Yesterday, the latest Franklin-Covey catalog appeared in our mailbox, activating a curious longing for the paper planner days of old. I admit it — I miss the feeling of writing on paper, handling a nice leather binder — the physicality of keeping my time, addresses and notes in the old fashioned way.
Now, before you load up your fingers for a retort, I know all of the good reasons to use an electronic planner, particularly, how do you back up a paper planner? I like how Palm Desktop works on the Mac and how my Tungsten E functions as a portable copy of my PIM and other data.
Maybe it's the emotion of a paper planner butting up against the logic and practicality of my Mac and Palm handheld that I was experiencing. Fortunately, as an artist and designer, I get a daily fix of writing on paper, by sketching concepts and writing notes about projects in my sketchbook.
Still, why this odd attraction? Maybe it's related to an experience I had a few months ago, at a wedding reception. At this reception, I spoke with Rick, an old friend who I'd known as a hard-core Pocket PC guy. He did everything with his PDA, including evangelizing whomever showed interest.
When we got onto the topic of gadgets, and his latest PDA, Rick admitted he'd given up his Pocket PC, in favor of a paper planner, a paper diary and a mobile phone. I was surprised, as Rick had always been so hard-core about PDAs and Pocket PCs.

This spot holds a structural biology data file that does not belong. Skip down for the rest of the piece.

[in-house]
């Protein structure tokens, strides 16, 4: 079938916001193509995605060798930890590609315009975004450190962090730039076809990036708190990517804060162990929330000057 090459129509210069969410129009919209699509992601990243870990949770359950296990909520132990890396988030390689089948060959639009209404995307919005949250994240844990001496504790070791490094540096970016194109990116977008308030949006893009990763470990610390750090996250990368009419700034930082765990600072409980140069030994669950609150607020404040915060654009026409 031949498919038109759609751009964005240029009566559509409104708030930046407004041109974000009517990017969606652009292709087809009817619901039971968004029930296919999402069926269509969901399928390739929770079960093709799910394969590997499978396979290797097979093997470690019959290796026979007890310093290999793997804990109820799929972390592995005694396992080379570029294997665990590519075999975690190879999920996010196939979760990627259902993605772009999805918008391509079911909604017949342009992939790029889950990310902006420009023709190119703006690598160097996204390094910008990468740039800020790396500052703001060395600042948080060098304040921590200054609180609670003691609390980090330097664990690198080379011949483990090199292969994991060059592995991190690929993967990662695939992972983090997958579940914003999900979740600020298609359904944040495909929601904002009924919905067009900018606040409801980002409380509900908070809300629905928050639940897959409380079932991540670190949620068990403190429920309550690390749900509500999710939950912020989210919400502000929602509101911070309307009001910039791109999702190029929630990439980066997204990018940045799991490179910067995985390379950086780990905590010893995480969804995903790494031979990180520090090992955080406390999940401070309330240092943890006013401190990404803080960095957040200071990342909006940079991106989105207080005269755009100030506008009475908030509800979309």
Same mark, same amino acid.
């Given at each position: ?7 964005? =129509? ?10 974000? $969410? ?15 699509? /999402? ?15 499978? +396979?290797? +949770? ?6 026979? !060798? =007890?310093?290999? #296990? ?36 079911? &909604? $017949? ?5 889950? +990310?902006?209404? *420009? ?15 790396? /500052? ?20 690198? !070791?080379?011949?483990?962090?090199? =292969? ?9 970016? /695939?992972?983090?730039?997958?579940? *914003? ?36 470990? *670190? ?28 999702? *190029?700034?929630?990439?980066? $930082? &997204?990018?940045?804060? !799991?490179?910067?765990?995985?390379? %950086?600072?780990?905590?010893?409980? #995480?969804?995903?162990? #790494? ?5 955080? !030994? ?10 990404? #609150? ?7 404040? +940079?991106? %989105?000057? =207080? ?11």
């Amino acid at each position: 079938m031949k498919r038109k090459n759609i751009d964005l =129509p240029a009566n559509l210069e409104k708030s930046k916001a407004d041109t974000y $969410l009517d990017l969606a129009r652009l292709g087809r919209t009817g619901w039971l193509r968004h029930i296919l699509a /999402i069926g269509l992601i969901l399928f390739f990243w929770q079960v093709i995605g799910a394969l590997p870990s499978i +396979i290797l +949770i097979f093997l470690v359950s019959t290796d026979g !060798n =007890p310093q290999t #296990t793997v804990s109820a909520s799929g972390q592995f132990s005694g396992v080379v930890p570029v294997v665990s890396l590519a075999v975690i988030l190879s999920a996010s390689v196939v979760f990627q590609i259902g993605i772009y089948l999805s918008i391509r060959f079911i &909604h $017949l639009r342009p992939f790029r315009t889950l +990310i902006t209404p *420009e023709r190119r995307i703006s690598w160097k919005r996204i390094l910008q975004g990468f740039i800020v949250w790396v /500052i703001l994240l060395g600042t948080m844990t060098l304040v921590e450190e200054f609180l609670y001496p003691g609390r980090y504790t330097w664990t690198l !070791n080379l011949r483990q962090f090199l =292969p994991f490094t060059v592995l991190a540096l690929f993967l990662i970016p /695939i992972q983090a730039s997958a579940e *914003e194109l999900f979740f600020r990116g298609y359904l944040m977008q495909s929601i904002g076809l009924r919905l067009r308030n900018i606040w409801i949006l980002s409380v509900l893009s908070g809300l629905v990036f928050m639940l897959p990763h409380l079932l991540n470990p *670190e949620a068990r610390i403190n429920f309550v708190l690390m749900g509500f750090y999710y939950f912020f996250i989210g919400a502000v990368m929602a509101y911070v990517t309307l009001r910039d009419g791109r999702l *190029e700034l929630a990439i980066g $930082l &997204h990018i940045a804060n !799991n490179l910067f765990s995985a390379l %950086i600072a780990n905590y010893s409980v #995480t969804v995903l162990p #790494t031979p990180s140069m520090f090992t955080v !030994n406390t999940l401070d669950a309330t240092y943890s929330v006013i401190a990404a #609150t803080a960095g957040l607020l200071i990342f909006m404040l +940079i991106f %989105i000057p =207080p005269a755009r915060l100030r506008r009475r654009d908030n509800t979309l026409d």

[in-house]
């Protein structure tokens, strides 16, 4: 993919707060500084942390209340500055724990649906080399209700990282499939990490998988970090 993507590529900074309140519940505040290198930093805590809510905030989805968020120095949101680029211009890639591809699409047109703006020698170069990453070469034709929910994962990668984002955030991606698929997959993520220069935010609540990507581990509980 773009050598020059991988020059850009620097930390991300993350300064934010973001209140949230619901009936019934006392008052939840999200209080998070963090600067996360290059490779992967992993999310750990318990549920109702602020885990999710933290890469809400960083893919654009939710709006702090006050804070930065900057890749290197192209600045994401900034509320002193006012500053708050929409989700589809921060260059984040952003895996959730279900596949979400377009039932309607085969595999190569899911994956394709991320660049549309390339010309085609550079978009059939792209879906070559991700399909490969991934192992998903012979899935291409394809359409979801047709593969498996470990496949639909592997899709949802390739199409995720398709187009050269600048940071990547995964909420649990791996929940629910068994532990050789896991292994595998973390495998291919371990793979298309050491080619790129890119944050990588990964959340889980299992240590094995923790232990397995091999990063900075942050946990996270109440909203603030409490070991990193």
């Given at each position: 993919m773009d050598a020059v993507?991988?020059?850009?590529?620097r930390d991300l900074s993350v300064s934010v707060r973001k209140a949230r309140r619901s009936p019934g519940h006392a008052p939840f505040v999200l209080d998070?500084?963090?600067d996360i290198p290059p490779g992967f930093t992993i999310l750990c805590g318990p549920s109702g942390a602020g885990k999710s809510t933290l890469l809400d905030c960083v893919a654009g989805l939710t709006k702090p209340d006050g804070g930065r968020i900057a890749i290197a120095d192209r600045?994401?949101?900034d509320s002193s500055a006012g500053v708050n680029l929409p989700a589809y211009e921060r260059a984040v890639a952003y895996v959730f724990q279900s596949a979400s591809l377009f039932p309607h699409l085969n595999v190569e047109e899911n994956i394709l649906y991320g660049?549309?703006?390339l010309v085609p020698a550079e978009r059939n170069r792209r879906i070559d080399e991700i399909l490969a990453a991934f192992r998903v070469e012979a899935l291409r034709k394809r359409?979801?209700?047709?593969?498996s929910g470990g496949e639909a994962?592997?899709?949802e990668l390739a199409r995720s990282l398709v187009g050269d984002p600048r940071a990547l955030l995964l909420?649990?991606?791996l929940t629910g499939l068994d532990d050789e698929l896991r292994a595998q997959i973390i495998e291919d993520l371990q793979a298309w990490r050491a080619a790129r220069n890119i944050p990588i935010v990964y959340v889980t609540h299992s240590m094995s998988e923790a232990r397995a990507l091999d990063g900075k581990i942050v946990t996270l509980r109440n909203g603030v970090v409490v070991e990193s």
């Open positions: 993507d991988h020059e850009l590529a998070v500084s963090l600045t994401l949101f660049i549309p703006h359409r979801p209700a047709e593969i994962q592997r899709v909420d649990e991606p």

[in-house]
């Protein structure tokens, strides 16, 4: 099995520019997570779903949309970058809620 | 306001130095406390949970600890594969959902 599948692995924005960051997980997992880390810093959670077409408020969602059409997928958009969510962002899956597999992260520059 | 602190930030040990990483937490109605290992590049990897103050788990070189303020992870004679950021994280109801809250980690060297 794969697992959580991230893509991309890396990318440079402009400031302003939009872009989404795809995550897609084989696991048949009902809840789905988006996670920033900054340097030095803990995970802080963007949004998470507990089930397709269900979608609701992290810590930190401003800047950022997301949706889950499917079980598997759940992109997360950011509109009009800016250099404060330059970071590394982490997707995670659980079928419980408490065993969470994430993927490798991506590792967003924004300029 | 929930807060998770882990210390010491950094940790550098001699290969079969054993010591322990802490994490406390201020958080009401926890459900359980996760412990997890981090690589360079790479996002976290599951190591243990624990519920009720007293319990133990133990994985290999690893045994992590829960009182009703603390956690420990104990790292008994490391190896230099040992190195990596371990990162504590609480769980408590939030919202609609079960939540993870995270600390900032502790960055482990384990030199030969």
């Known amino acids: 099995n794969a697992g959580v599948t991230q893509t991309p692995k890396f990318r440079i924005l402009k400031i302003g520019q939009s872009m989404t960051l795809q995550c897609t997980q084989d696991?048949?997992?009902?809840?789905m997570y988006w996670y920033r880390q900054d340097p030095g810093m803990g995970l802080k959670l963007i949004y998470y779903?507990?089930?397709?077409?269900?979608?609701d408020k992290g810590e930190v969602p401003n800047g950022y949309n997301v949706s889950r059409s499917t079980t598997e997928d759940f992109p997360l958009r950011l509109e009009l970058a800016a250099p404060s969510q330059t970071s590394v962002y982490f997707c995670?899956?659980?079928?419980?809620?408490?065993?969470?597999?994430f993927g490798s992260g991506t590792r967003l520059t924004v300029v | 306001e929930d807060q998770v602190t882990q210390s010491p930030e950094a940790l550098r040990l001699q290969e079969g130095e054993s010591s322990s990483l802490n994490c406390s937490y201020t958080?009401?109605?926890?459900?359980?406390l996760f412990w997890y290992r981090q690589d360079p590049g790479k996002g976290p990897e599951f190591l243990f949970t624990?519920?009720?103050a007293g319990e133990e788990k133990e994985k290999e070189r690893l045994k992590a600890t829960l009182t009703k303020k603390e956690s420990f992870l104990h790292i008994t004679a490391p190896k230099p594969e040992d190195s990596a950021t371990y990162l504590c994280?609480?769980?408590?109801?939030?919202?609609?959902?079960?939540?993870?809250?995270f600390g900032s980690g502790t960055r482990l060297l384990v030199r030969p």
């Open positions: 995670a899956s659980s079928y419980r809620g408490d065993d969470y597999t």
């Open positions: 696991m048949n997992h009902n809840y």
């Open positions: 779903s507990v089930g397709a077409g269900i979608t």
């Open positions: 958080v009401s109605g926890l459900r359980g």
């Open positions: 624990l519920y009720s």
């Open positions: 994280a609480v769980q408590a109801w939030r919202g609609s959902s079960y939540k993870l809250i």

I asked him why he made the shift, and he told me he'd become increasingly frustrated with his Pocket PC's limitations, as a diary and a note taking device. He felt his time tracking, to-dos and notes were a hassle to input, because the device could never keep up. Specifically as a notes device, he felt the screen was just too darn small to write notes and scribble on as freely as paper.
So, he decided to try life without a PDA for a while. He used his mobile phone as his address book, and ditched Outlook and his Pocket PC in favor of a low-tech planner and diary. He found that his notes improved, his diary was actually useful and enjoyable to write in, so he stuck with this combination of tools.
Now, Rick's case may be unique, but I must admit, there are times I can relate. I never consider my Tungsten E as a note taking device, because text entry is such a pain. I much prefer the Dana (with full keyboard), direct entry into a Mac OS X application, or (gasp) paper and a pen.
For similar reasons, my time tracking and to-do lists have moved away from the Palm to the Mac. I found myself loathing the fight of writing entries in the Tungsten E, because even with retrofitted Graffiti Classic, my recognition rate was frustratingly bad. As soon as I began entering time in the Palm Desktop, my work documentation improved to the point that I only consider entry in the TE when I'm away from home.
Now, I love my TE, and it serves many purposes — as my address book, and a device on which to read the Bible (MyBible), weblogs and news (iSilo), ebooks (PalmReader), email (via e*Mail) and for access to data on the go. For this, my Palm works quite well. But, as a device for capturing my schedule, to-dos and notes, it has lost some luster.
I'm curious to hear other experiences — do you find your PDA is used less because of your mobile phone, or because it's difficult to enter text into? Has it been replaced by a smartphone, or a phone and paper planner/diary? Is your PDA still going strong as when you first looked longingly into its glowing screen?
Please feel free to leave your comments. I'm all ears. :-)
UPDATE 2004-08-25: For those who had problems commenting earlier, I've now repaired the problem in Moveable Type (related to the spam blacklist tool). Many thanks to Jeff G. for pointing this out to me! -- Mike